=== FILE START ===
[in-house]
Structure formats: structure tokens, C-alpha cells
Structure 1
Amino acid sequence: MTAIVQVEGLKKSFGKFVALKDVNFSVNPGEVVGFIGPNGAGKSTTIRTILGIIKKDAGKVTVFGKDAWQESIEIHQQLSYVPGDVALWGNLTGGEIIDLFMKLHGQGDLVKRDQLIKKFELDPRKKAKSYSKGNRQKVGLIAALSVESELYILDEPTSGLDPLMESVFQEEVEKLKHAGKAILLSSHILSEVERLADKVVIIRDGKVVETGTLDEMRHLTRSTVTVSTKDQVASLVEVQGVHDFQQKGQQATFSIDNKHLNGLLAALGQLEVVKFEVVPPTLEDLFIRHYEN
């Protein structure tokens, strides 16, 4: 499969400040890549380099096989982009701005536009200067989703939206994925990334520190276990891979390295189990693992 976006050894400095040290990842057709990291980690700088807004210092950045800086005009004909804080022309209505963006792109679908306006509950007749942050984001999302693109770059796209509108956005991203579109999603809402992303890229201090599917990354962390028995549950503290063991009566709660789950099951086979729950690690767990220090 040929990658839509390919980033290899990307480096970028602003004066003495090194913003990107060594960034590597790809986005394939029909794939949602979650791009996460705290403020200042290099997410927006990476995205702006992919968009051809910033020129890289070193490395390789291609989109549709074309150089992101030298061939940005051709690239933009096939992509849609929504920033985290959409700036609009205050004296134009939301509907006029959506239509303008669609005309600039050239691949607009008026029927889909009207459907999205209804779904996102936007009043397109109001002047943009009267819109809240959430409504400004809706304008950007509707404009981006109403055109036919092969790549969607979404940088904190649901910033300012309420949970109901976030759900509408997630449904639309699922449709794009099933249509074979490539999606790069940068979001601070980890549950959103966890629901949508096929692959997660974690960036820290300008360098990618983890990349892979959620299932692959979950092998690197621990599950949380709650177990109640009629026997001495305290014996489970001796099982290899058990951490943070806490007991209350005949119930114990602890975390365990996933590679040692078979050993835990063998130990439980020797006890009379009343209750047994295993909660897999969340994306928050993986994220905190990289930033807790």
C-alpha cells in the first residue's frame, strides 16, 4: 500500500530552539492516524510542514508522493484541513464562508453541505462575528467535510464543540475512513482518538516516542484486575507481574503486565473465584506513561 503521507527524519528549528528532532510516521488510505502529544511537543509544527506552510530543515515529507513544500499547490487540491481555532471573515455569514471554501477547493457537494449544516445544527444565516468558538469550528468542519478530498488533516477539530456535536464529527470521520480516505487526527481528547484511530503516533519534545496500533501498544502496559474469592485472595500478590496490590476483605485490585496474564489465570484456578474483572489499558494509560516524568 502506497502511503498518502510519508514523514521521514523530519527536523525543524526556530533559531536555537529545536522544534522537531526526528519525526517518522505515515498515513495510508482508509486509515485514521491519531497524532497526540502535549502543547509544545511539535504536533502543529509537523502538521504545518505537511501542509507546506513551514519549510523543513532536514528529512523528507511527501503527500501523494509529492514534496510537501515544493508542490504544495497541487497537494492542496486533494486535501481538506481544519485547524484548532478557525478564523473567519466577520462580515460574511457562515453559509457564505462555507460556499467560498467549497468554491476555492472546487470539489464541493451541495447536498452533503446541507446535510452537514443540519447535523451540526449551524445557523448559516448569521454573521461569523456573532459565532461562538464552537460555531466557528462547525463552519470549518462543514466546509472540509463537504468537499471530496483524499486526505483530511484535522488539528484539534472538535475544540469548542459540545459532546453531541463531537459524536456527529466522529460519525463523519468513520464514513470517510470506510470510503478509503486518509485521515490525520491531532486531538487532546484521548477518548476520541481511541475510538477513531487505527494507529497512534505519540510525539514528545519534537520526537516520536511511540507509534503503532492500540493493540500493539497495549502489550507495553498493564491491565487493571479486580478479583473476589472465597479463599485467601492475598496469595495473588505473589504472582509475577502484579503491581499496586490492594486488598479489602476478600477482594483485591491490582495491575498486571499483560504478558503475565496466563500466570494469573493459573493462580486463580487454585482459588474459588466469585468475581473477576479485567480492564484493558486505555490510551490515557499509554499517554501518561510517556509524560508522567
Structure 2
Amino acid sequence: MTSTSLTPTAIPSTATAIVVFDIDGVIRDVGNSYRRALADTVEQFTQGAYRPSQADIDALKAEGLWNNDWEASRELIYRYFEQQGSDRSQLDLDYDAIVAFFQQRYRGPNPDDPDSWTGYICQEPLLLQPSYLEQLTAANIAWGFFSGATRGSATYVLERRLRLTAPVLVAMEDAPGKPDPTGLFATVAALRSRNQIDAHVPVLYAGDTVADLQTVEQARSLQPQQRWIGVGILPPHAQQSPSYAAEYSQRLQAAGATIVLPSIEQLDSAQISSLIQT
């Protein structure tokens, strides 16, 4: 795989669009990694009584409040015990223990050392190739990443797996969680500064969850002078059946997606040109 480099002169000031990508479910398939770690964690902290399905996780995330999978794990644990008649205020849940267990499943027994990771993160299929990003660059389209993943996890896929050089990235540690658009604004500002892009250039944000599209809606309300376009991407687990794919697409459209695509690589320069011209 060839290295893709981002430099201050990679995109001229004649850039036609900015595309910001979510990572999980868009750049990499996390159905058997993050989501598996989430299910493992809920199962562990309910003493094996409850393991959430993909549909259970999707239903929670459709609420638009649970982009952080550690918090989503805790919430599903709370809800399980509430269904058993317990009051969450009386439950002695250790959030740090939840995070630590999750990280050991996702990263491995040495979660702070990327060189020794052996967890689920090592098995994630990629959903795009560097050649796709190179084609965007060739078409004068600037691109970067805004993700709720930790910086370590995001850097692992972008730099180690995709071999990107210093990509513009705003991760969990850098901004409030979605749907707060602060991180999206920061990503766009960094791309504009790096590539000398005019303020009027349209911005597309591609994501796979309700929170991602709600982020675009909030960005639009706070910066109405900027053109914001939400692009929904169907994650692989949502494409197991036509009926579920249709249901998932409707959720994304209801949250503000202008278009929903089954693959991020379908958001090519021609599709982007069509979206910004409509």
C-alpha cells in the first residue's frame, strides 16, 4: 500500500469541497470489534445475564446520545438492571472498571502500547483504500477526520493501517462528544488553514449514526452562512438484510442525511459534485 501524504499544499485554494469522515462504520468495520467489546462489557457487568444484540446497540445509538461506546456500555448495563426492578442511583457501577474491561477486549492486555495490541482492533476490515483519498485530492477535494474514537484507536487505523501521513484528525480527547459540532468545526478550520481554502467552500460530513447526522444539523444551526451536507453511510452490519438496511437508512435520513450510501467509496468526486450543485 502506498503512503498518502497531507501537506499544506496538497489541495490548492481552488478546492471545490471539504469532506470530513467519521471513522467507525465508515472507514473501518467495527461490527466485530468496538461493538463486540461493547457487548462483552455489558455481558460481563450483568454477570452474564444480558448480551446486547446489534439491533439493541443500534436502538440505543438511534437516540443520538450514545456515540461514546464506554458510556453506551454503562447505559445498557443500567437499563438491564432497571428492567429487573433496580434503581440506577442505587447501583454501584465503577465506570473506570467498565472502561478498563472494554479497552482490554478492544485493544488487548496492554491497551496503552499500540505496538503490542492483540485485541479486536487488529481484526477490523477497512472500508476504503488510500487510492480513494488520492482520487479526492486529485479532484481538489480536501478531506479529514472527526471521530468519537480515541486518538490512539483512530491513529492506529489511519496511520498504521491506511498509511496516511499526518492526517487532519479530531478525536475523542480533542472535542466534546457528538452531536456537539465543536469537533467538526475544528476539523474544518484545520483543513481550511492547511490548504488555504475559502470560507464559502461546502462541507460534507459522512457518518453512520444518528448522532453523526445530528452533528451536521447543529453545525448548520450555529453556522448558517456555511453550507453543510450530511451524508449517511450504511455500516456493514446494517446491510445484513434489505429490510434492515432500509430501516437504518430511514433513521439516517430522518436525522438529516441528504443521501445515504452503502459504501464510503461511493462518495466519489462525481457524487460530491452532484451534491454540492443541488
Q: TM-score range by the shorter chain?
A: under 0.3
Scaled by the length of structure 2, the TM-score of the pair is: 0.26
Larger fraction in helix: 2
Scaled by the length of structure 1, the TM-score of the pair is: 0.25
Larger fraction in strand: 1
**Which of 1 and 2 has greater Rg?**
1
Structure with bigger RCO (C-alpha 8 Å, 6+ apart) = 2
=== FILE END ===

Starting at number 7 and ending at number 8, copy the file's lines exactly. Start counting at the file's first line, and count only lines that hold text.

Structure 2
Amino acid sequence: MTSTSLTPTAIPSTATAIVVFDIDGVIRDVGNSYRRALADTVEQFTQGAYRPSQADIDALKAEGLWNNDWEASRELIYRYFEQQGSDRSQLDLDYDAIVAFFQQRYRGPNPDDPDSWTGYICQEPLLLQPSYLEQLTAANIAWGFFSGATRGSATYVLERRLRLTAPVLVAMEDAPGKPDPTGLFATVAALRSRNQIDAHVPVLYAGDTVADLQTVEQARSLQPQQRWIGVGILPPHAQQSPSYAAEYSQRLQAAGATIVLPSIEQLDSAQISSLIQT